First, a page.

by Revd. BJ Alexander
The overwhelming response for the continuing Tsunami relief by the generous public world-wide is a positive reflection of human solidarity and good-will.
The sad part of it all, however, is that - even in such a catastrophe - this urgent relief fails to reach the desperate survivors. Be it clean drinking water, or be it much needed money; or be it powdered milk for babies or life-saving medicines...In the process of changing hands, things seem to disappear into thin air! Many blame the politics of aid, while the real culprit has to be the inward human condition called greed even in the midst of grief.
Along with inspirational stories of selfless heroism, there is, sadly, room for inhumane corruption. Financial accountability and transparency - these words have somehow lost their currency. If direct relief were not to come through the public, the local NGOs, the INGOs and various charitable organisations, the survivors would have experienced unimaginable worse conditions.
In Sri Lanka, international aid that is channelled through the Government is not reaching the survivors in general and particularly in the Tamil areas.
I have heard it again and again from aid workers in Batticaloa: 'What is happening', they ask, 'to all the millions of international aid?' The answer is a unanimous open secret. I have personally made this fact known among various UK church-based organisations. When public money is donated, one must see that it reaches the needy. That is a moral obligation.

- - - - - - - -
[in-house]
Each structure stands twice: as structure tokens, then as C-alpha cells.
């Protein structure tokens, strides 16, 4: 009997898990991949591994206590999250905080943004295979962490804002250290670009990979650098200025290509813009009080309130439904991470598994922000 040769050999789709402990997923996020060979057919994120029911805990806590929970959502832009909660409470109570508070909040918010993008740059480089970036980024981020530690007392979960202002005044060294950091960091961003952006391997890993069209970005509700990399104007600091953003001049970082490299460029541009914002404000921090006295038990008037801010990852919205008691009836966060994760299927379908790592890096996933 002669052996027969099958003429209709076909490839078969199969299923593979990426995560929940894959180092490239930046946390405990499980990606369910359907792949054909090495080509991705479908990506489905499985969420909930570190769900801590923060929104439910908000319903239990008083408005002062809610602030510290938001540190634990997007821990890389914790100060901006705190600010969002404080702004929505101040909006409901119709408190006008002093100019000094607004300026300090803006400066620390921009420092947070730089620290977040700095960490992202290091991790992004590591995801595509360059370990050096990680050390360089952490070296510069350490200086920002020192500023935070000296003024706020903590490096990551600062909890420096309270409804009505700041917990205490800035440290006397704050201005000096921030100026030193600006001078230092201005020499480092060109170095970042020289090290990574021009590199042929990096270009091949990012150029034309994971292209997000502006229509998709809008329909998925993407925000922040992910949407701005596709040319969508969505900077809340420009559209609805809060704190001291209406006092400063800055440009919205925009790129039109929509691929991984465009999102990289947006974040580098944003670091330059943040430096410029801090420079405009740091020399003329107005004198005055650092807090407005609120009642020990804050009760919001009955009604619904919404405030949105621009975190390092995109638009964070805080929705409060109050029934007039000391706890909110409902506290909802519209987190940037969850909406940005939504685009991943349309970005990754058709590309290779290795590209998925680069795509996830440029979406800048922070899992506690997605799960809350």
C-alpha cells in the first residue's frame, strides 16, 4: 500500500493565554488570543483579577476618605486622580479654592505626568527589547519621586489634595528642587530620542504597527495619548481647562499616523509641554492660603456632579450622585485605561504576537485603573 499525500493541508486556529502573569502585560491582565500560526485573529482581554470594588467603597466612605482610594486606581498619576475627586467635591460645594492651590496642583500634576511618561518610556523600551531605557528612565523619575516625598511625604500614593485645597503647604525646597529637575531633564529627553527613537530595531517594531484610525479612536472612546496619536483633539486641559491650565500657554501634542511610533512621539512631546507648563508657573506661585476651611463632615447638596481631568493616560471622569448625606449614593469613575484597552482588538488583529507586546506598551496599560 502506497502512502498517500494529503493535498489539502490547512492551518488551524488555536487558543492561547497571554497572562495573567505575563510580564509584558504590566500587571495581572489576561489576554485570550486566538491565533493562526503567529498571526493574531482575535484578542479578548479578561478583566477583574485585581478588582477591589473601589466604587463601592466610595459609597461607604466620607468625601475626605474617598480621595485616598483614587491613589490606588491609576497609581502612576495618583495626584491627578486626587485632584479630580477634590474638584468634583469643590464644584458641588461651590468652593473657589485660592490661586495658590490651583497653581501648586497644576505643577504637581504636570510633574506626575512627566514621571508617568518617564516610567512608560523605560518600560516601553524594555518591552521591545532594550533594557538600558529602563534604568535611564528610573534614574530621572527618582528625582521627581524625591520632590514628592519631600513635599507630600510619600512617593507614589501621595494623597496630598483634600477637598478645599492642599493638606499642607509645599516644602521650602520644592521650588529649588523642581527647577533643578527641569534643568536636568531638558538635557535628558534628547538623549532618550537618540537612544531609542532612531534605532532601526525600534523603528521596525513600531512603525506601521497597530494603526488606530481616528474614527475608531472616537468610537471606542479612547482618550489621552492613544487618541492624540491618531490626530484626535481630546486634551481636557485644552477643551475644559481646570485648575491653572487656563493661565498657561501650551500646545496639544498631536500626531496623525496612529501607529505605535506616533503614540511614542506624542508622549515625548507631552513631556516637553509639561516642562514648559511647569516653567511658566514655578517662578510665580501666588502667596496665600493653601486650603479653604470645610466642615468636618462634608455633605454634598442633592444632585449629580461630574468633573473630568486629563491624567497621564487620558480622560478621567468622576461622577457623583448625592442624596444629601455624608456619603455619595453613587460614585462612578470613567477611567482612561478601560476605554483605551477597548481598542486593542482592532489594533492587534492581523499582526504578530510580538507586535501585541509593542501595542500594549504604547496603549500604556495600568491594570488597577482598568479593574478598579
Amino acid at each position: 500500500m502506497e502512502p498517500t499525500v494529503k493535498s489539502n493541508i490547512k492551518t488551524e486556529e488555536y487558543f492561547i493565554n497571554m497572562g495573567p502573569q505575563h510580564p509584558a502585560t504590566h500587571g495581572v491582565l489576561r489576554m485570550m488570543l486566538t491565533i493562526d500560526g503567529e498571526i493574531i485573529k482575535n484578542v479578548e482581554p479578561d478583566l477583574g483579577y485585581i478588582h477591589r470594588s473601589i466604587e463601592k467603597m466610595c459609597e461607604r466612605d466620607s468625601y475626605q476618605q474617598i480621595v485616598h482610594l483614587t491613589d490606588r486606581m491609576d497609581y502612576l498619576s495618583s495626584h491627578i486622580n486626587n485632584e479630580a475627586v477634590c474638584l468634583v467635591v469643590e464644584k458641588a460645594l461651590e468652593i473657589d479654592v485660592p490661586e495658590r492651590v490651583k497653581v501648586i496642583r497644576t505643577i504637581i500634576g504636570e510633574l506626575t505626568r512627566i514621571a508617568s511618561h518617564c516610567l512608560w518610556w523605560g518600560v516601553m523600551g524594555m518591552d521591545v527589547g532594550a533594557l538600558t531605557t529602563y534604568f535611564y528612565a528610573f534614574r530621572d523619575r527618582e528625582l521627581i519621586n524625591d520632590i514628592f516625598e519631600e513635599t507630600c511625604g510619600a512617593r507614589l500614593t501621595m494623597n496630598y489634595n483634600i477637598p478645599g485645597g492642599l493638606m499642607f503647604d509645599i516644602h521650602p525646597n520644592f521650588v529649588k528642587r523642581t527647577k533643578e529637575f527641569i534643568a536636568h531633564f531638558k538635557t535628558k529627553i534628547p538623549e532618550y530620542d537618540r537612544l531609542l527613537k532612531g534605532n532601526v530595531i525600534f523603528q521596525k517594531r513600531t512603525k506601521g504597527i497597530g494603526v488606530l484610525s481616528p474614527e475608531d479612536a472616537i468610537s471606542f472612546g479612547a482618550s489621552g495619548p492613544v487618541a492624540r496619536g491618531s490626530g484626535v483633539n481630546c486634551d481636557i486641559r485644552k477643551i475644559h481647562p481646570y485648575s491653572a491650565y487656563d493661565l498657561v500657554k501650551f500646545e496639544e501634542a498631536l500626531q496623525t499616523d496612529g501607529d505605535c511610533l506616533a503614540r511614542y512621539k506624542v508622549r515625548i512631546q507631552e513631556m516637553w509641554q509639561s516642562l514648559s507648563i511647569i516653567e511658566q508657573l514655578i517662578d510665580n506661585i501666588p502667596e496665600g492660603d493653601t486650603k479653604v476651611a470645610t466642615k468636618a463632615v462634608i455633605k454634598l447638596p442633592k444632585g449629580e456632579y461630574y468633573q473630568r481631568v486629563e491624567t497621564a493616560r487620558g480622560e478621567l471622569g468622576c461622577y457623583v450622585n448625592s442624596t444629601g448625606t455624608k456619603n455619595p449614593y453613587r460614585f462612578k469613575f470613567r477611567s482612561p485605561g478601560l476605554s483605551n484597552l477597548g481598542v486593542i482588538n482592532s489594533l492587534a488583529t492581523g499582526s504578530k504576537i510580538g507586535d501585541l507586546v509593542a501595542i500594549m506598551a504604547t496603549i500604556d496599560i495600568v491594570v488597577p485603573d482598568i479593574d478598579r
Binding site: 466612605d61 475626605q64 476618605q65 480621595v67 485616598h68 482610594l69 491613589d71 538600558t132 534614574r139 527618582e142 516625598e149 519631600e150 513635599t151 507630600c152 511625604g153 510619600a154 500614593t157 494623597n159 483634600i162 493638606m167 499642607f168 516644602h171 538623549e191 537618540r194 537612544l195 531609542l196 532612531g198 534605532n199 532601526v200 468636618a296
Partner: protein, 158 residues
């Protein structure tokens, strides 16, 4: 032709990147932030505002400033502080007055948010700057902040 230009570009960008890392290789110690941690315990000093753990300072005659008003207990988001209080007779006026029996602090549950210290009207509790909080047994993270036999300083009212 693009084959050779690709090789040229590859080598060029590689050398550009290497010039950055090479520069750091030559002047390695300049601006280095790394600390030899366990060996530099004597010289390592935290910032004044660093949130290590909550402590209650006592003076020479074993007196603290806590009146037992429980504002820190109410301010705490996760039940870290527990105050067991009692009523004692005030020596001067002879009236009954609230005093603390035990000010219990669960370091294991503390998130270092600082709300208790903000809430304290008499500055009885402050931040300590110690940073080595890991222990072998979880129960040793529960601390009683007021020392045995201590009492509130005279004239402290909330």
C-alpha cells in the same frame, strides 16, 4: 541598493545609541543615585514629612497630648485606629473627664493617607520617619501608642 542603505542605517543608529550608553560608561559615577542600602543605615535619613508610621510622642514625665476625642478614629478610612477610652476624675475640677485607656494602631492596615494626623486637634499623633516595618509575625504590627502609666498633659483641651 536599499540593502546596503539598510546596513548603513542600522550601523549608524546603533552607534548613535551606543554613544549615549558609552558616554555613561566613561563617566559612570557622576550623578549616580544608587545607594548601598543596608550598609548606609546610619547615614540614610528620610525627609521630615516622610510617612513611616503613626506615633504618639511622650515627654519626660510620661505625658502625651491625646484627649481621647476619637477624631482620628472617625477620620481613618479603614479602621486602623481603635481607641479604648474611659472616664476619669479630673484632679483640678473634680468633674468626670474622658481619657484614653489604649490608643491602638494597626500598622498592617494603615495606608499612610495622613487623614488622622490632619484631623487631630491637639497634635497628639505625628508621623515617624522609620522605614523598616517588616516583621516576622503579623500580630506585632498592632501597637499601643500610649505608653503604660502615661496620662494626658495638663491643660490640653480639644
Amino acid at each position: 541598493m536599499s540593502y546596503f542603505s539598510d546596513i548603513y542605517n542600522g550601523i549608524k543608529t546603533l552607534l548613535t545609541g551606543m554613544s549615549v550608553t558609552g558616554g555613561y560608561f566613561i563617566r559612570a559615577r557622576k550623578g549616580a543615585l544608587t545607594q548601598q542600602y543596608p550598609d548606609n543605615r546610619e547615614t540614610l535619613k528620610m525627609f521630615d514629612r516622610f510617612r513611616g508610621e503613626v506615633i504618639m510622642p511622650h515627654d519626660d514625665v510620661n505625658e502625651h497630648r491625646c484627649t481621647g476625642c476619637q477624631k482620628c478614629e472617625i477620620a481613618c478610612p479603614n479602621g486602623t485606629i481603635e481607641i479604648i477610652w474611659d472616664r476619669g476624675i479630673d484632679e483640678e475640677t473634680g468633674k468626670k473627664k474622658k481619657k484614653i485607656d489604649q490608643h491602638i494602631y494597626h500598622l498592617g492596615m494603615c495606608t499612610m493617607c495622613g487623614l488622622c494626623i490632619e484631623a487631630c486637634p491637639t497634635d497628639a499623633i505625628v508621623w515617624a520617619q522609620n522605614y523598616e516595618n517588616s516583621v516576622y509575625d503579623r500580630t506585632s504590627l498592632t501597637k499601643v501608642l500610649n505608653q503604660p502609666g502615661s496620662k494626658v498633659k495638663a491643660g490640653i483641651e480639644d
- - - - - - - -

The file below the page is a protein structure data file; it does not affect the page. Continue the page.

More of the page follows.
The long view
The TV cameras, as usual, have already turned their attention to the next big story. The workers on the ground quite rightly are now thinking in terms of long term rehabilitation and rehousing, etc. The international community has to be held responsible for their generous verbal pledges, so that none of it fizzles out as empty sound-bites, but will actually materialise on the ground as months turn into years.
In displaced people's camps in Batticaloa town, and elsewhere in the affected villages, I was beginning to hear the sad news of suicides, particularly among the young. Quite understandably, among other illnesses, there are severe cases of depression and mental disorders. I was told of grieving fathers pretending to make cell phone calls to their families. Of course, these families have perished. Some are refusing to eat. The need for trained trauma counsellors, psychiatrists and child psychologists is urgent. Of course, faith-based presence is also required...while I hasten to add, that independent faith groups should not use this opportunity, as suspected by some, as a covert operation for any conversions! That would be cheap and immoral to any faith. Yet, the need for spiritual healing and comfort must not be underestimated.
So the long term aid one would agree, is not just hard cash alone; although sending that directly to the NorthEast in particular does make a world of difference.
People here need much encouragement and moral support. The aid workers have to constantly be appreciated, encouraged and congratulated for all their hard work. I have met workers in various sectors who are working over 12 hours per day seven days a week. The Batticaloa Hospital staff whom I met personally are already over-worked in extremely stressful conditions. The young people in these areas have worked very hard in the clearing up. The clergy, temples, mosques and churches have revealed their compassionate presence discreetly in the Batticaloa district. All these people are true un-sung heroes.
There is hope among people that we can rebuild not only our lives, but also our towns and villages. The Tsuanmi has not managed to rob the survivor's dignity. It must also be said, that the survivors have not lost their sense of humour.
Posted January 27, 2005